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I've been having some problems with using BerkeleyDB. I have multiple instances of the same code pointed to a single repository of DB files, and everything runs fine for 5-32 hours, then suddenly there is a deadlock. The command prompts stop right before executing a db_get or db_put or cursor creation call. So I'm simply asking for the proper way to handle these calls. Here's my general layout:

This is how the environment and DBs are created:

my $env = new BerkeleyDB::Env ( 
   -Home   => "$dbFolder\\" , 
   or die "cannot open environment: $BerkeleyDB::Error\n";

my $unsortedHash  = BerkeleyDB::Hash->new (
   -Filename => "$dbFolder/Unsorted.db", 
   -Flags => DB_CREATE,
   -Env  => $env
   ) or die "couldn't create: $!, $BerkeleyDB::Error.\n";

A single instance of this code runs, goes to a site and saves URLs to be parsed by another instance (I have the flag set so that every DB is locked when one is locked):

        $lk = $unsortedHash->cds_lock();
            my $currUrl = shift @urlsToAdd;
            $unsortedHash->db_put($currUrl, '0');

It periodically checks if a certain number of items are in Unsorted:

$refer = $unsortedHash->db_stat();
$elements = $refer->{'hash_ndata'};

Before adding any element to any DB, it first checks all DBs to see if that element is already present:

if ($unsortedHash->db_get($search, $value) == 0){
    $value = "1:$value";
}elsif ($badHash->db_get($search, $value) == 0){
    $value =  "2:$value";

This next code comes after, and many instances of it are run in parallel. First, it gets the next item in unsorted (that does not have the busy value '1'), then sets the value to busy '1', then does something with it, then moves the DB entry completely to another DB (it is removed from unsorted and stored in another DB):

my $pageUrl = '';
my $busy = '1';
my $curs;
my $lk = $unsortedHash->cds_lock(); #lock, change status to 1, unlock
    $busy = '1';
    $curs = $unsortedHash->db_cursor();
    while ($busy){
        $curs->c_get($pageUrl, $busy, DB_NEXT);
        print "$pageUrl:$busy:\n";
        if ($pageUrl eq ''){
            $busy = 0;
    $curs = undef;

    if ($pageUrl eq ''){
        print "Database empty. Sleeping...\n";
        $lk = $unsortedHash->cds_lock();


$unsortedHash->db_put($pageUrl, '1');
$lk = undef;

And in every other place, if I call db_put or db_del on ANY DB, it is wrapped with a lock like so:

print "\n\nBad.\n\n";
        $lk = $badHash->cds_lock();
        $badHash->db_put($pageUrl, '0');
        $lk = undef;

However, my db_get commands are free-floating with no lock, because I don't think reading needs a lock.

I have looked over this code a million times and the algorithm is airtight. So I am just wondering if I am implementing any part of this wrong, using the locks wrong, etc. Or if there is a better way to prevent deadlocking (or even diagnose deadlocking) with BerkeleyDB and Strawberry Perl?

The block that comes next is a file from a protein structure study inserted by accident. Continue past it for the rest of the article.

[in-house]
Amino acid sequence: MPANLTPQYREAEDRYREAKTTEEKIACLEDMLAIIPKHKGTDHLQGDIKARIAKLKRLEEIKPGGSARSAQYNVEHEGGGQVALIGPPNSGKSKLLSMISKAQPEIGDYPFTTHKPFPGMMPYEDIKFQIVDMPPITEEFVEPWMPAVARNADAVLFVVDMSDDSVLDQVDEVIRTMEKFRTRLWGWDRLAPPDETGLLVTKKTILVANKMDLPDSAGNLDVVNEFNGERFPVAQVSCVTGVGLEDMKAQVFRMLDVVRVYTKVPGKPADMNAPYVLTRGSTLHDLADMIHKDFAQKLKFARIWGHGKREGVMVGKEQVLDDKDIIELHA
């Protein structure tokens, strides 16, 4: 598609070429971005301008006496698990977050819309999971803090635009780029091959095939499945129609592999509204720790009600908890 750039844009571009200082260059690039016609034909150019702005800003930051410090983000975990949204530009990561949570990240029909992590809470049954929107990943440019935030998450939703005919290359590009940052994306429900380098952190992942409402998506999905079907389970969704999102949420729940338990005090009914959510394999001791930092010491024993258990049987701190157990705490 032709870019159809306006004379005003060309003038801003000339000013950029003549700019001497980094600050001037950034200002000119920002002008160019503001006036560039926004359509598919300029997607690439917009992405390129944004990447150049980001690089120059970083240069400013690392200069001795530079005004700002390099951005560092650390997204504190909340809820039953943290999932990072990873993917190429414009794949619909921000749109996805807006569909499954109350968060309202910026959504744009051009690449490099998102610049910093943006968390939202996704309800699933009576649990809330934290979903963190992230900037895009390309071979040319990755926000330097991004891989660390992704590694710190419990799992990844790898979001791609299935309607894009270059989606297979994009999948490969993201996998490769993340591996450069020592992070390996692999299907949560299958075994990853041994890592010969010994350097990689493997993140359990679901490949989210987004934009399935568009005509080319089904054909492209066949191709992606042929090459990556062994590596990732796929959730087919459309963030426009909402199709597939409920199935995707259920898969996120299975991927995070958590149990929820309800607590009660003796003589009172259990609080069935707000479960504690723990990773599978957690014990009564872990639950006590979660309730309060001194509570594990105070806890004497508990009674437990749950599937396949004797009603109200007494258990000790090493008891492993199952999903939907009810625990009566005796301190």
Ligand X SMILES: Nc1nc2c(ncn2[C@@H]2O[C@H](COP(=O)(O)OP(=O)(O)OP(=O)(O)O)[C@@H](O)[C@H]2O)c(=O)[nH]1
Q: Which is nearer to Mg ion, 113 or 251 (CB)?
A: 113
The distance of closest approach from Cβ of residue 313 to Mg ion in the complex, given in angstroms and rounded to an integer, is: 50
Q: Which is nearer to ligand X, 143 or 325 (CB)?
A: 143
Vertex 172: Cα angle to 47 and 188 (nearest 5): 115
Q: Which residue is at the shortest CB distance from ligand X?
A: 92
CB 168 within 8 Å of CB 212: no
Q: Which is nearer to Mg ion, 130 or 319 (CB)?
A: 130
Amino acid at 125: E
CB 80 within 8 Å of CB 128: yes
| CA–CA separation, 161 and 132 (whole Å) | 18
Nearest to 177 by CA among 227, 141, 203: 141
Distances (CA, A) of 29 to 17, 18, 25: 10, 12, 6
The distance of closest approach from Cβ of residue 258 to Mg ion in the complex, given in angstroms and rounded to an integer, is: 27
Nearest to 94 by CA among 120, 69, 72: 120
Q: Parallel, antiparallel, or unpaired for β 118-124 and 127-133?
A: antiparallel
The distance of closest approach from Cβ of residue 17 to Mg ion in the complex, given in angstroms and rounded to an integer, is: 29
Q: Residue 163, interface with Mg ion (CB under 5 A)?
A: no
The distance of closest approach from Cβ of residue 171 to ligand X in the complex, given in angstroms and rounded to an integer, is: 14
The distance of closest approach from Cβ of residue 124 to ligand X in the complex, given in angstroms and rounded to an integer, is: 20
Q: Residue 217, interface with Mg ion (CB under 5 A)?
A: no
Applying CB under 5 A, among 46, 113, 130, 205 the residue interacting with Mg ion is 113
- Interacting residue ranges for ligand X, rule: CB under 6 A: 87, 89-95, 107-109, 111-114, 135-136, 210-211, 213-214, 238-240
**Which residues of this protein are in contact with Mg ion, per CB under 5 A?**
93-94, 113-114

UPDATE: To be more specific, the problem is occurring on a Windows 2003 server (1.5 GB RAM, not sure if that is important). I can run this whole setup fine on my Windows 7 machine (4GB RAM). I also started printing out the lock stats using the following:

Adding this flag to the environment creation:

-MsgFile => "$dbFolder/lockData.txt"

And then calling this every 60 seconds:

my $status = $env->lock_stat_print();
print "Status:$status:\n";

The status is always returned as 0, which is success. Here is the last stat report:

29  Last allocated locker ID
0x7fffffff  Current maximum unused locker ID
5   Number of lock modes
1000    Maximum number of locks possible
1000    Maximum number of lockers possible
1000    Maximum number of lock objects possible
40  Number of lock object partitions
24  Number of current locks
42  Maximum number of locks at any one time
5   Maximum number of locks in any one bucket
0   Maximum number of locks stolen by for an empty partition
0   Maximum number of locks stolen for any one partition
29  Number of current lockers
29  Maximum number of lockers at any one time
6   Number of current lock objects
13  Maximum number of lock objects at any one time
1   Maximum number of lock objects in any one bucket
0   Maximum number of objects stolen by for an empty partition
0   Maximum number of objects stolen for any one partition
3121958 Total number of locks requested
3121926 Total number of locks released
0   Total number of locks upgraded
24  Total number of locks downgraded
9310    Lock requests not available due to conflicts, for which we waited
0   Lock requests not available due to conflicts, for which we did not wait
8   Number of deadlocks
1000000 Lock timeout value
0   Number of locks that have timed out
1000000 Transaction timeout value
0   Number of transactions that have timed out
792KB   The size of the lock region
59  The number of partition locks that required waiting (0%)
46  The maximum number of times any partition lock was waited for (0%)
0   The number of object queue operations that required waiting (0%)
27  The number of locker allocations that required waiting (0%)
0   The number of region locks that required waiting (0%)
1   Maximum hash bucket length

Of which I am wary of this:

8   Number of deadlocks